After the digital revolution of Minimal Art today, minimalism is a kind of reflection of contemporary society. I think simultaneously of humanity in the digital industrial system. The question is what art presents to us and what we see and understand what is made visible with art.

 

“With reproduction as the moment of individuality, the living being posits itself as an actual individuality, a self-related being-for-self; but at the same time it is a real relation outwards, the reflection of particularity or irritability towards an other, towards the objective world. The process of life, which is enclosed within the individual, passes over into a relation to the presupposed objectivity as such, in consequence of the fact that when the individual posits itself as a subjective totality, the moment of its determinateness as a relation to externality becomes a totality as well” (Georg Wilhelm Friedrich Hegel, Science of Logic).4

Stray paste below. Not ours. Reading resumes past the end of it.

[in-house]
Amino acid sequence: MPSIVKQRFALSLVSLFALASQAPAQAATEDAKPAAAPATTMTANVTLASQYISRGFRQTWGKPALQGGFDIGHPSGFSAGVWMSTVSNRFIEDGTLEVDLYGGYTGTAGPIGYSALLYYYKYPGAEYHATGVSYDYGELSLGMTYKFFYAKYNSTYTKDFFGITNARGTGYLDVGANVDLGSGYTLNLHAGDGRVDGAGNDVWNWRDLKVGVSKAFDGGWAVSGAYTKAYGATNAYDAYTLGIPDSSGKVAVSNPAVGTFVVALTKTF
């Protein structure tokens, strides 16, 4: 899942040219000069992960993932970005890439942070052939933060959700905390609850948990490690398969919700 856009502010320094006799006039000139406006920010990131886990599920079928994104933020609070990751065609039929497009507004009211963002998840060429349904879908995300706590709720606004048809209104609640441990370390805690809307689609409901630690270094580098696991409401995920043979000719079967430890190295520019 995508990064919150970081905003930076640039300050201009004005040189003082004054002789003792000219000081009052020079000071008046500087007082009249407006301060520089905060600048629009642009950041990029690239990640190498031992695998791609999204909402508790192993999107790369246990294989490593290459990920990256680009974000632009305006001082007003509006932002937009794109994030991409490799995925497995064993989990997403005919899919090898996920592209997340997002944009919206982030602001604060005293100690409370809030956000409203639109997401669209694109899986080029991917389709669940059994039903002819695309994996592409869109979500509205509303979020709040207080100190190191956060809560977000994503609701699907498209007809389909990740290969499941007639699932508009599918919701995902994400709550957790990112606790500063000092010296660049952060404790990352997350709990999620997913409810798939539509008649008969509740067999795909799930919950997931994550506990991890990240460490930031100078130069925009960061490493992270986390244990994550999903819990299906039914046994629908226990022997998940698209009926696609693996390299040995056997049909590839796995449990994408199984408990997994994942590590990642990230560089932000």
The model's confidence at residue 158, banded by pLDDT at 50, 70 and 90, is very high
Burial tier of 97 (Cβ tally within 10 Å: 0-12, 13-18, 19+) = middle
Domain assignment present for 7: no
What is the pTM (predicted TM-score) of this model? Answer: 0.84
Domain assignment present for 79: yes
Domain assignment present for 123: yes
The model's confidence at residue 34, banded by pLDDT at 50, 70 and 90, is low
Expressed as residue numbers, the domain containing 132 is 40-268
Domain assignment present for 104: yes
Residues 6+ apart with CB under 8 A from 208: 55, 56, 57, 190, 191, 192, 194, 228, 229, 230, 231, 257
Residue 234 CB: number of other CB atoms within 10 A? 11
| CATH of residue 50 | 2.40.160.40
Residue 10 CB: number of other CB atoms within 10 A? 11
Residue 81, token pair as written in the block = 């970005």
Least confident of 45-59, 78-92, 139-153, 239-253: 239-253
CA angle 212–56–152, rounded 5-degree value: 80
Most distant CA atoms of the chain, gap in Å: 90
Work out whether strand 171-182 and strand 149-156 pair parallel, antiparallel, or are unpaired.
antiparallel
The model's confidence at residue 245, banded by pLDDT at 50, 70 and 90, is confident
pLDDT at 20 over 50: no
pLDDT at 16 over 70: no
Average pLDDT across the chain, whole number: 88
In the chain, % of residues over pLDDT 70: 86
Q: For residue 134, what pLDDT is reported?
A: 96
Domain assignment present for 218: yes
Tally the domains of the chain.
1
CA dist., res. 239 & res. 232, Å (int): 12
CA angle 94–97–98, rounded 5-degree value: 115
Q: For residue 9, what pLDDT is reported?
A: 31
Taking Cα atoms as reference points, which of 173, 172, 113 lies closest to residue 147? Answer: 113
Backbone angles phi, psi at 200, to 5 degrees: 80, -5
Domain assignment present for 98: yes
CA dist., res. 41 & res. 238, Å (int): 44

For a long time people have dealt with humanity and its existence. Art has assumed an important role as a visualization of thinking. However, art not only has the iconographic character to be a symbolization, expression and representation, but it also influences the human psychology in relation to the brain and the individual perception and emotion, etc.